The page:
Tight timelines, future-proofing key to stadium upgrades


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During the construction of the San Diego Padres’ Petco Park, Gary Birdsall said his project team at the time found itself in a “peculiar situation,” when a historic building stood in the path of the planned outfield foul pole. 

“It wasn’t feasible to tear down this multi-story structure, so we needed an innovative solution,” said Birdsall, who worked at Bethesda, Maryland-based Clark Construction at the time of the project, which opened in 2001.

The result was a creative solution that required approval from Major League Baseball: A ball hit on one side of the Western Metals Building would be ruled fair, and the other side foul.

“This experience highlighted the importance of flexibility and out-of-the-box thinking in stadium construction, proving that even obstacles can be transformed into distinctive assets,” said Birdsall, now in the Denver area as the vice president of PCL Construction’s preconstruction sports division. 

The interior of a high end sports lounge at a stadium.

The Mastercard Lounge at Scotiabank Arena, one of the premium spaces renovated by PCL last summer.

Courtesy of PCL Construction

 

The Edmonton, Alberta-based contractor has constructed several high-profile North American stadium projects. PCL’s current projects include modernizing and upgrading several of them, including:

  • The $350 million Scotiabank Arena renovation project for the NHL’s Toronto Maple Leafs and NBA’s Toronto Raptors.
  • The $300 million Rogers Centre renovation project for the MLB’s Toronto Blue Jays.
  • The renovation of Crypto.com Arena, formerly the Staples Center, in Los Angeles.

As with working on a historic building, these renovations require creative solutions to complicated problems. At the same time, the fan experience at stadiums has evolved, and so too have the renovation projects designed to upgrade the technology at North America’s biggest venues.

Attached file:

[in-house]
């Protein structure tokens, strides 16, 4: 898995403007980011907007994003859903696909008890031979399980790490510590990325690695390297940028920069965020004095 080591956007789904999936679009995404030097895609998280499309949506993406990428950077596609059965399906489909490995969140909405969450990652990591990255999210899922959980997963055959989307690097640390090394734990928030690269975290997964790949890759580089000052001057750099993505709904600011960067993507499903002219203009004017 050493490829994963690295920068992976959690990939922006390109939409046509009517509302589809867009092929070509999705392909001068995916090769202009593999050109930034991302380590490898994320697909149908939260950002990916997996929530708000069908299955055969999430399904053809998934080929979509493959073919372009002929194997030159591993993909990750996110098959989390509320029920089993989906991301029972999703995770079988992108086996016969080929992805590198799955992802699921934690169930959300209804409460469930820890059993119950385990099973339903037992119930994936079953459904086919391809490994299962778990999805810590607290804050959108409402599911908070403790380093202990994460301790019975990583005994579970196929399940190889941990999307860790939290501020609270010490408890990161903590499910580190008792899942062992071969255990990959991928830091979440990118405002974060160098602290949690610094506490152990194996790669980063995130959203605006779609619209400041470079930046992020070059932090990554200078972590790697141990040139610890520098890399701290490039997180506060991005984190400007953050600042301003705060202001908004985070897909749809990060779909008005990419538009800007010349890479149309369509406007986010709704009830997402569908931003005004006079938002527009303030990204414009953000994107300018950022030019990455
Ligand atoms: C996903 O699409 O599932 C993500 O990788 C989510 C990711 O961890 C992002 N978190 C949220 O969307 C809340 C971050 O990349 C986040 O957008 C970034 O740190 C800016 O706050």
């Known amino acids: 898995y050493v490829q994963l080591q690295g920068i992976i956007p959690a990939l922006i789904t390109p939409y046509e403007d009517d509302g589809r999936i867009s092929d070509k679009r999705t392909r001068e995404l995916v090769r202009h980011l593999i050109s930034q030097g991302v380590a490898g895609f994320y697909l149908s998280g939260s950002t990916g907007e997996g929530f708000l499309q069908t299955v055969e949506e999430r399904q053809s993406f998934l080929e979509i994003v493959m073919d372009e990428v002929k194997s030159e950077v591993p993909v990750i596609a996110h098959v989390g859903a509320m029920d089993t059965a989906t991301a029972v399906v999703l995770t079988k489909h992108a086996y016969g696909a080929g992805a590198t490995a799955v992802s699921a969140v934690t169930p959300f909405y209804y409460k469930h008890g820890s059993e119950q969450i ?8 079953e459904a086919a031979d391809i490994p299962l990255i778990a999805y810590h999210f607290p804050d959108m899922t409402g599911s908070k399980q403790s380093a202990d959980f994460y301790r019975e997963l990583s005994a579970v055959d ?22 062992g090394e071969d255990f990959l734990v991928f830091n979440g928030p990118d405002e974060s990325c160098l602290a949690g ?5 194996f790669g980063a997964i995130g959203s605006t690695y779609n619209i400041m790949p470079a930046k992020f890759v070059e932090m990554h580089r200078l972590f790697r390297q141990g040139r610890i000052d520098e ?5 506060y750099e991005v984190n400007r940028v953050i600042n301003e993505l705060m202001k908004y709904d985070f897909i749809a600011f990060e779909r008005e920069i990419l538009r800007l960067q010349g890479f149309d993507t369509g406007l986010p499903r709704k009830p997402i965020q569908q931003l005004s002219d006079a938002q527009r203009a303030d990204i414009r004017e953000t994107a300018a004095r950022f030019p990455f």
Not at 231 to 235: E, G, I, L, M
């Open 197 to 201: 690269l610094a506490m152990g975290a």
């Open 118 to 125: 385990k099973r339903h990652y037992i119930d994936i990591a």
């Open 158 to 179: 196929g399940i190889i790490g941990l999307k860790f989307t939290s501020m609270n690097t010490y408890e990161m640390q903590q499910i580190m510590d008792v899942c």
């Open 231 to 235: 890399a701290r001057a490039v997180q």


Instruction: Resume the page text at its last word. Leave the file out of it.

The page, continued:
Tight timelines

When upgrading an existing stadium, PCL and other contractors have short windows of time during offseasons, which often means stretching out the project over multiple phases and years. 

Cranes and machinery move materials in the central bowl of a professional ballpark.

The Rogers Centre’s lower bowl in October. PCL removed and recycled 29.5 million pounds of concrete and steel in 13 days. The Blue Jays opening day in 2024 is April 11.

Courtesy of PCL Construction

 

Even then, the timelines can grow and shrink depending on if teams make the playoffs or if the arenas host events like concerts in the offseason.

“On stadium renovation projects, much of our work is scheduled during the offseason, however it inevitably extends into the season with necessary prep and cleanup,” said Dale Koger, vice president of PCL’s sports division, also based in the Denver area.

As a result, Koger said, PCL teams find themselves working within occupied facilities behind the scenes, while meticulously trying to not disrupt the buildings’ schedule.

Eric Hernandez, a superintendent for PCL’s California buildings division, said he’s seen those challenges on Crypto.com Arena’s renovation. The final set of upgrades to the venue, first opened in 1999, will include renovations to the main concourse and tunnel club as well as redesigned locker rooms for home teams. 

Headshot of Eric Hernandez.

Eric Hernandez

Permission granted by PCL

 

“This [schedule] uncertainty makes planning difficult for the trades involved, requiring them to work overtime, including six-day weeks and night shifts, to meet the deadlines,” Hernandez said. “The necessity for the construction teams to vacate and clean the site before each event, effectively erasing any trace of their presence, intensifies the time constraints.”

At the same time, Hernandez said he’s noticed a shift in stadium construction and design toward those shorter timelines and fluid initial designs.

“This requires our teams to be highly adaptable,” he said. “It appears this trend will continue, leading to even shorter schedules and a greater need for quick adaptation.”

Upgrading technology

In Birdsall’s view, the “fan experience has been revolutionized.”

The modern pro stadium experience isn’t just a ticket and a seat, PCL’s stadium builders said. It’s an immersive experience with high-resolution screens, massive score boards, increased luxury options, fast WiFi and improved concession experiences.

“Over the past few years, stadium construction and design have been profoundly transformed by technology,” said Koger. “One of the most significant shifts I’ve observed is the emphasis on ‘futureproofing’ — designing stadiums not just for today’s tech but for tomorrow’s possibilities.” 



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